Jan 142014



I love wolves and wolfdogs, and have previously written several articles on this blog and elsewhere refuting the commonly asserted negatives: wolfdogs are not inherently dangerous, they can be very happy in captivity, they are not confused by their competing lineages, they can be effectively immunized, and in the right situations they can be wonderful pets. Wolfdogs are often extremely intelligent and tend to have a deep connection with their people.  They can be among the most beautiful of animals, and for those interested in improving as trainers they provide some of the best learning opportunities as their behaviors and responses tend to be very clear and direct.

Brit&ShayJan09031However, when people ask me about getting a wolfdog, in almost every case I attempt to dissuade them, and I IMG_5477wanted to share the reasons why:

There is absolutely nothing wrong with a wolfdog as a pet! But in the vast majority of cases, there is a “better” breed of dog available.  For many hundreds of years, selective breeding has been “improving” upon the characteristics of our canine companions, and for the most part has been hugely successful.  Dogs without immediate wolf heritage are generally easier to live with, more tractable, more trainable, less fearful, less destructive, easier to contain, less protective of resources, and in many other ways more adapted to normal human lifestyles. With hard work and commitment, you can accomplish many things with a wolfdog, but with the same amount of work you will generally get considerably further with a dog.  When you get any dog, you must be committed to altering your life to make the relationship succeed, but with most dogs you can expect them to accommodate and meet you more than half-way.  With a wolfdog, you will likely have to do considerably more of the accommodating…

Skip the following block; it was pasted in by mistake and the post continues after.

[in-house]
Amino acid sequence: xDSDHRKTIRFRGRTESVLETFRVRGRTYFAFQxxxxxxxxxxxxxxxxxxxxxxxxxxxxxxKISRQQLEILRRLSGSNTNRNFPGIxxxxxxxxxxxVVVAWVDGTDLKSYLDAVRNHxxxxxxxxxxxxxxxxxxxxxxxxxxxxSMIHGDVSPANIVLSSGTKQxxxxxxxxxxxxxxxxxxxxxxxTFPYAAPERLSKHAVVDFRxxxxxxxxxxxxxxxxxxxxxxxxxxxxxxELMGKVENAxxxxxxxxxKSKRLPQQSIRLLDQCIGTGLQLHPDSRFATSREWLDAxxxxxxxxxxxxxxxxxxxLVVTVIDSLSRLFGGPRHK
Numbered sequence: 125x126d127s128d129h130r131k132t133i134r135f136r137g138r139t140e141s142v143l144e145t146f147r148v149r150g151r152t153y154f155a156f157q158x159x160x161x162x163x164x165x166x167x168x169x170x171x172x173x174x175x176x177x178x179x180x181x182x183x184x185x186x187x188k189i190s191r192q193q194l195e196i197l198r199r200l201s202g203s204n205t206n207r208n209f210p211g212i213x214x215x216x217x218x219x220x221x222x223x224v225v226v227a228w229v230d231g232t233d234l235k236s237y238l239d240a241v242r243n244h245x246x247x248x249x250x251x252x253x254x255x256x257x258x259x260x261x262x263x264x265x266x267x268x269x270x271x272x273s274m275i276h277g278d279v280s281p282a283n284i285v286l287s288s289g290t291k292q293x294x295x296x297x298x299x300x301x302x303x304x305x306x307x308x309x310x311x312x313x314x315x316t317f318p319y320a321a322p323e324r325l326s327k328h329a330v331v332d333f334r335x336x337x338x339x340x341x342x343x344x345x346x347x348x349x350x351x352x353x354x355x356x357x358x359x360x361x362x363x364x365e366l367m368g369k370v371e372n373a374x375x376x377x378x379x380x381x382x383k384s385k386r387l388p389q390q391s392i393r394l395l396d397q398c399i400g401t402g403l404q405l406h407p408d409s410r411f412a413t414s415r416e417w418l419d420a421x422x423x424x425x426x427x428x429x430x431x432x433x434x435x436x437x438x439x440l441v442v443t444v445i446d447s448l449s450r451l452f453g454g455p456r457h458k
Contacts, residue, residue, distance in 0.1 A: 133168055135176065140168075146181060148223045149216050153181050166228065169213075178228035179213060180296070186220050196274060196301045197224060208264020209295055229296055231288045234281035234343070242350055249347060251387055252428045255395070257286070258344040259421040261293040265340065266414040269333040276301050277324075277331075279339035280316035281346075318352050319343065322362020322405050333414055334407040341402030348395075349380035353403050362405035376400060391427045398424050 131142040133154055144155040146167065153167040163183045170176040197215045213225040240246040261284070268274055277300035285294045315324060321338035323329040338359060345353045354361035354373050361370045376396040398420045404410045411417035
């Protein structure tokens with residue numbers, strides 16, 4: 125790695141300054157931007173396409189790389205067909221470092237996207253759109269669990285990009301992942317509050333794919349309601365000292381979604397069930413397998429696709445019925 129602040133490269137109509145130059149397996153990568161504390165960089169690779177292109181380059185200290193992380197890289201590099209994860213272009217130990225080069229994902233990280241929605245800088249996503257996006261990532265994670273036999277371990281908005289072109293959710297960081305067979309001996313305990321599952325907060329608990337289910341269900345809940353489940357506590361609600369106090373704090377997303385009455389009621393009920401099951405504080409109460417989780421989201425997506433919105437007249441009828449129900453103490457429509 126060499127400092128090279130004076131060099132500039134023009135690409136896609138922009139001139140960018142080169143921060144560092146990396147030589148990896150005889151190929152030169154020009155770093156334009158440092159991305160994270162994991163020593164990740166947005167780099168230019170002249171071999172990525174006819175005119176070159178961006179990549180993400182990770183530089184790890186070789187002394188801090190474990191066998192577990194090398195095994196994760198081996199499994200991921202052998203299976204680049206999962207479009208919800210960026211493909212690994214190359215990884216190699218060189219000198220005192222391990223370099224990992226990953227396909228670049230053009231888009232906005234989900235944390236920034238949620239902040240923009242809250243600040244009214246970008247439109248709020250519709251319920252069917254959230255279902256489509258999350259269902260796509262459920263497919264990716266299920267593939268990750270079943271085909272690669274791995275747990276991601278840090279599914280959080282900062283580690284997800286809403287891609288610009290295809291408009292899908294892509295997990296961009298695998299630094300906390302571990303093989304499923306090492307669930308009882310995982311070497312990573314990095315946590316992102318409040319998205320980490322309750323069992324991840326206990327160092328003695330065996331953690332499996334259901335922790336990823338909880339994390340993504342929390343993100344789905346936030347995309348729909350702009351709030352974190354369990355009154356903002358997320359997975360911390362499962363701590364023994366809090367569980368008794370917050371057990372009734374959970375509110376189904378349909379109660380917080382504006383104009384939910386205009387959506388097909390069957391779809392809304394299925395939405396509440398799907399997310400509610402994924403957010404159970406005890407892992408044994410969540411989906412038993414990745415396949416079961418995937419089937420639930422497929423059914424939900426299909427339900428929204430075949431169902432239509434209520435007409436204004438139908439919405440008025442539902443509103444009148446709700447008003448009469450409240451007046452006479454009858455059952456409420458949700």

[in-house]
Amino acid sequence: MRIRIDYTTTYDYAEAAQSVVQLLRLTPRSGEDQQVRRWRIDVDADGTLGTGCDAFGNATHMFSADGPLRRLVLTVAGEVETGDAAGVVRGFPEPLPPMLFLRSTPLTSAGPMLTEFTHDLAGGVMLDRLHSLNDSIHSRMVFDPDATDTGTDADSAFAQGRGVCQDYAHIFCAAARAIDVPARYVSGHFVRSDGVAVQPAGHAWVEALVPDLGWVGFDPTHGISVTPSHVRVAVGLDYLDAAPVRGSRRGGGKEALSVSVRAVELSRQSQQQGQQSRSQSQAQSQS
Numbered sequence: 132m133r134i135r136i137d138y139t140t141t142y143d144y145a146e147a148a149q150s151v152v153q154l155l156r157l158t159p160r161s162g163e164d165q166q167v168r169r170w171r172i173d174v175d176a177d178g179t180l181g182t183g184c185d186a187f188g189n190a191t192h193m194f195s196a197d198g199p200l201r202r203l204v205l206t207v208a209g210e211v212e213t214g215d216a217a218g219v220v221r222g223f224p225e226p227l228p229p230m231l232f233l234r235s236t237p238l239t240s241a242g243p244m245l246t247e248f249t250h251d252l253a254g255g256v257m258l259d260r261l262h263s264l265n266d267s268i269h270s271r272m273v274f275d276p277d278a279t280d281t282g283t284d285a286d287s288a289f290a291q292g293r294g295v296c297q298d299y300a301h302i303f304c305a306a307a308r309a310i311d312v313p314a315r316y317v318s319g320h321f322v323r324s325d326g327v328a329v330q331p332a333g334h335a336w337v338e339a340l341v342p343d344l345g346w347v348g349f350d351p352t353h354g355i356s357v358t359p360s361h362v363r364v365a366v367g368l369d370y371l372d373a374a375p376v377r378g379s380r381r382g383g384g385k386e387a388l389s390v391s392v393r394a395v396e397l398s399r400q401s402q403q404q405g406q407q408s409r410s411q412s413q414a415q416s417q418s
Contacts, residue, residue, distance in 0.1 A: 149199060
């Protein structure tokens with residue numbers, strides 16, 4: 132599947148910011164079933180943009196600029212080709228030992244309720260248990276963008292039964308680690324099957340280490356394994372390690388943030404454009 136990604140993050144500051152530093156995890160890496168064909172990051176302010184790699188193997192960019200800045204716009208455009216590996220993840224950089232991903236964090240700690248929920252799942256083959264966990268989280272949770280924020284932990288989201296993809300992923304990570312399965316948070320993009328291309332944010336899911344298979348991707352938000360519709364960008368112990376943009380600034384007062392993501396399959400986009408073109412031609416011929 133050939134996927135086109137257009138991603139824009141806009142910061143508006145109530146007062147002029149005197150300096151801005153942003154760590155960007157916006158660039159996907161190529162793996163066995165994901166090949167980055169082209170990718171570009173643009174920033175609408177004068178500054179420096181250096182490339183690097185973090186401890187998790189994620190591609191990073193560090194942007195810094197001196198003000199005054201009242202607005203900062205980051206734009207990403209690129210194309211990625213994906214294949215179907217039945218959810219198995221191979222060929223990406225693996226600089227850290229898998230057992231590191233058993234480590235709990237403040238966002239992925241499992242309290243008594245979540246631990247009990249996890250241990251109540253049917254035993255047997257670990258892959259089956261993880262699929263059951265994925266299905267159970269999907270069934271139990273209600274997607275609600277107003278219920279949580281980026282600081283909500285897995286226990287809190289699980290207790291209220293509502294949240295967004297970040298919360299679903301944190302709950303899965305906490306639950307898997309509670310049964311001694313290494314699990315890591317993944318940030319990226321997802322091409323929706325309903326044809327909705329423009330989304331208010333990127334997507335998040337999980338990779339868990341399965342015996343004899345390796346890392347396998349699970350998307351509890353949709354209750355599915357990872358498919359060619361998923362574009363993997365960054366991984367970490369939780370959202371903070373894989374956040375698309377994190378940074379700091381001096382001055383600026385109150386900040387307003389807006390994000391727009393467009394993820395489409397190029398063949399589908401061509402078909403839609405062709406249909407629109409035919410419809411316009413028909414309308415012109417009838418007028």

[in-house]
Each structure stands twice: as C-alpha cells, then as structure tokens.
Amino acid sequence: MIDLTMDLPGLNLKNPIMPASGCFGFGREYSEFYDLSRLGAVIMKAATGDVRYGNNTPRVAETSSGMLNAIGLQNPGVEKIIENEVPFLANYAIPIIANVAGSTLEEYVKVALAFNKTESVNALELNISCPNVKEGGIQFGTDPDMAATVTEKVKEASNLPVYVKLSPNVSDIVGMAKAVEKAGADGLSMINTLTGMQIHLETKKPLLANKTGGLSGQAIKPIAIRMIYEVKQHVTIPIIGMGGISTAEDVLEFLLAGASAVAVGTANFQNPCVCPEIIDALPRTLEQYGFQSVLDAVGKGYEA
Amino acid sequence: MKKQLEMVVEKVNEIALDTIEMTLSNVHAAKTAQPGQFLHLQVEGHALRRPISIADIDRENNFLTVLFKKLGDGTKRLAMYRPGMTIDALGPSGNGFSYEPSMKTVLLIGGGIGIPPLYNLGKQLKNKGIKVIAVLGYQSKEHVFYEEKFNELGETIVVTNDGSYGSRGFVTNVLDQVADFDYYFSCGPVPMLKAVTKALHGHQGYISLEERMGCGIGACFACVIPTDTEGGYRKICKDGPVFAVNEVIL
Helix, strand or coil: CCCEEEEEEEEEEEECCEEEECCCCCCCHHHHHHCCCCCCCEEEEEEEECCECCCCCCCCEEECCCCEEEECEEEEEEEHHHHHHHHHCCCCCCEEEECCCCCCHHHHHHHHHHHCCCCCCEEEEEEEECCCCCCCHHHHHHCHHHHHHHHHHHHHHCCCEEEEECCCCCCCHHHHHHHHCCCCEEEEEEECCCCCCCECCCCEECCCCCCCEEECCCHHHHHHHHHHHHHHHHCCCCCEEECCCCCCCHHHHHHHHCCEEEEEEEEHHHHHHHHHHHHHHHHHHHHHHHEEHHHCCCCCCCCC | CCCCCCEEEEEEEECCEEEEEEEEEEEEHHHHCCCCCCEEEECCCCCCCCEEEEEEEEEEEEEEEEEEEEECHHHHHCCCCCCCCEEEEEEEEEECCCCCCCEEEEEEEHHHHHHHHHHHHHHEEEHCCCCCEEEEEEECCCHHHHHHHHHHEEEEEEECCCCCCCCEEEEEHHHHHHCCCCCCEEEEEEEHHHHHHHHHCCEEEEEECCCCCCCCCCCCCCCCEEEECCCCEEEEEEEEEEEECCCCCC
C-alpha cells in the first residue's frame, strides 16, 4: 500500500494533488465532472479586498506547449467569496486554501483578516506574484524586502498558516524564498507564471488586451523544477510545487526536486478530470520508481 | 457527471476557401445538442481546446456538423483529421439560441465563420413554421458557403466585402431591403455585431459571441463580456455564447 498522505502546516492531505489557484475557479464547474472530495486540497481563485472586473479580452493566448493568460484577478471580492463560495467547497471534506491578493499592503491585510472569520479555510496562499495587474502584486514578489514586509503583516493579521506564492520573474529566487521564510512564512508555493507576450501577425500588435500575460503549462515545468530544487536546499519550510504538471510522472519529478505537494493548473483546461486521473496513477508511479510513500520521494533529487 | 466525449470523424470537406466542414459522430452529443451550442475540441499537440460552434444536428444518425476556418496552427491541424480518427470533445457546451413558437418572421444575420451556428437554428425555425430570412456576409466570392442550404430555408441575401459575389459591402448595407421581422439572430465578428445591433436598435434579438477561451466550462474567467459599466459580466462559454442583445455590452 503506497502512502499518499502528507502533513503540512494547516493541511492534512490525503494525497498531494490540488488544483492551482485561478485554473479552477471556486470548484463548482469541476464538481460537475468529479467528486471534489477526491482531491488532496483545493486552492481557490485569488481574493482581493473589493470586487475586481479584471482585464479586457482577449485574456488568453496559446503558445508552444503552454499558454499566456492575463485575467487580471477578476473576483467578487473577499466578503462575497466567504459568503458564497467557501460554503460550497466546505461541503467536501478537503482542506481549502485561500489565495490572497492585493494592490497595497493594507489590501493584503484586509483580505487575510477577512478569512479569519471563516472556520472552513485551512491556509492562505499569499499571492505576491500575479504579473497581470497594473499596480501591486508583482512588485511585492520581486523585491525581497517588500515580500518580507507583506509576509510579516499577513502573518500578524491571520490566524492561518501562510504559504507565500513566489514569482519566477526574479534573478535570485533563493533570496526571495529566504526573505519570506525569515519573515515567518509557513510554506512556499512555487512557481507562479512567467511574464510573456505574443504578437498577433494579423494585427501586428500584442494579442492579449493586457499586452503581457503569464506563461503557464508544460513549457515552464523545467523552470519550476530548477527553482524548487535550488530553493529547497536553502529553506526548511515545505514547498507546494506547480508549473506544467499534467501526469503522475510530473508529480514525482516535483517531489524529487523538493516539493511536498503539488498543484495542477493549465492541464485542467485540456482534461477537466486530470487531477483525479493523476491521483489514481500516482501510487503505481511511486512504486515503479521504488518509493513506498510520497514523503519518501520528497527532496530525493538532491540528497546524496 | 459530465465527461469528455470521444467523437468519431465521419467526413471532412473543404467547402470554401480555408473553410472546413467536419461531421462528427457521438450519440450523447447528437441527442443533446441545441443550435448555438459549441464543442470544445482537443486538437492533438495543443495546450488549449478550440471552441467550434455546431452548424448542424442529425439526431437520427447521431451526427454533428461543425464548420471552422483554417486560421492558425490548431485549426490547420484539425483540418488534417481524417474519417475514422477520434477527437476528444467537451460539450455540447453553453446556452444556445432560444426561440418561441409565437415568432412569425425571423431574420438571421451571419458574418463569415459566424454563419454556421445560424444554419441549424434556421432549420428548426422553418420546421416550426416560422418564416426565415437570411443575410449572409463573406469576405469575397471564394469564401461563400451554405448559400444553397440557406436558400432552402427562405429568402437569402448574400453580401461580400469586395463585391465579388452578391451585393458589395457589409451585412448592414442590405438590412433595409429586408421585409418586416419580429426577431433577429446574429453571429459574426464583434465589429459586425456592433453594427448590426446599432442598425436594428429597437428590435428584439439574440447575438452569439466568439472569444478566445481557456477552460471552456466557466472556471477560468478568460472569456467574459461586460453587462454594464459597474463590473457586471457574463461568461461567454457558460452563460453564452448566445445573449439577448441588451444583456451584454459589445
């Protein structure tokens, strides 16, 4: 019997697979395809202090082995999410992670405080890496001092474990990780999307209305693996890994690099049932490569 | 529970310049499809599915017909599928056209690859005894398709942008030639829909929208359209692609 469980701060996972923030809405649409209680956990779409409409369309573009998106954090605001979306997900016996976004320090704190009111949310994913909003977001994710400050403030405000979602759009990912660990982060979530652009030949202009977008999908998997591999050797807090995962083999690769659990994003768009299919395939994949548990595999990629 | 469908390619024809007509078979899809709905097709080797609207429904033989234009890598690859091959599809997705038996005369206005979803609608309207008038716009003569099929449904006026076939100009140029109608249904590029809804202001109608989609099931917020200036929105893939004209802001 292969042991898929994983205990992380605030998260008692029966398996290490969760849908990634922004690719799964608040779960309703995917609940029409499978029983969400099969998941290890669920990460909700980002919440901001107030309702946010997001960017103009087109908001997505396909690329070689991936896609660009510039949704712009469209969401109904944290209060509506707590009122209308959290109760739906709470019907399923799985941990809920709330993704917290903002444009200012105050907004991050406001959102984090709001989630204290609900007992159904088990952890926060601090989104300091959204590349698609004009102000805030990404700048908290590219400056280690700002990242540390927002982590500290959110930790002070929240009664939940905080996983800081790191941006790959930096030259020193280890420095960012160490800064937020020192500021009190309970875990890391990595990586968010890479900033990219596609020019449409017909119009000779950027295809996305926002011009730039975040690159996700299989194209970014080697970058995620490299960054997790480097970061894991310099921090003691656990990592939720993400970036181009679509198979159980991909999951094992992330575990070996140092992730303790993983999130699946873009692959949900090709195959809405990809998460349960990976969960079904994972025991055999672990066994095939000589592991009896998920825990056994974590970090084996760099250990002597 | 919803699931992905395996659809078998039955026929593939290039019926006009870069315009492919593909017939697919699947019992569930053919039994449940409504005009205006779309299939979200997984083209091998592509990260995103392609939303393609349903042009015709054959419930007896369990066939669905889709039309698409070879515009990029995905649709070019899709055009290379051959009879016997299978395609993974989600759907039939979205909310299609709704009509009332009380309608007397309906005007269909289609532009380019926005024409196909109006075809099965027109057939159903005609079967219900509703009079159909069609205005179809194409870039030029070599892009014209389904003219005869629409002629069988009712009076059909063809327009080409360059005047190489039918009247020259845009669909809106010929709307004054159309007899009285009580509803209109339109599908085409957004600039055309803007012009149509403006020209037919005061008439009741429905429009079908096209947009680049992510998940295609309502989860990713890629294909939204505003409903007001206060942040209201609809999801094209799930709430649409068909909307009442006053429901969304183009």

Additionally, there are hundreds of dog breeds with a huge array of distinctive attributes.  Whatever characteristics are most important to you, there are likely a few breeds that far exceed wolfdogs.

IMG_0181-2I generally tell people who are looking for a pet, that the first step is honest careful evaluation of their life and their expectations of where a pet will fit into that life. What experiences are they looking to share?  Will they take the pet with them in the car, participate in particular activities, or train particular behaviors?  Do they want the pet to participate in, or even help with, certain aspects of their lives? Only once you have rigorously assessed your expectations can you begin to focus on what pet will be best, BrittBunnyEarsand for most people the best dog breed–the breed with which they are likeliest to share a long and wonderful adventure–is something other than a wolfdog…



 January 14, 2014  Posted by at 6:46 am

  One Response to “Should You Get a Wolfdog?”

  1. That’s right. and that’s what I said to my fiancee when he said that he wanted a wolf dog for our home.

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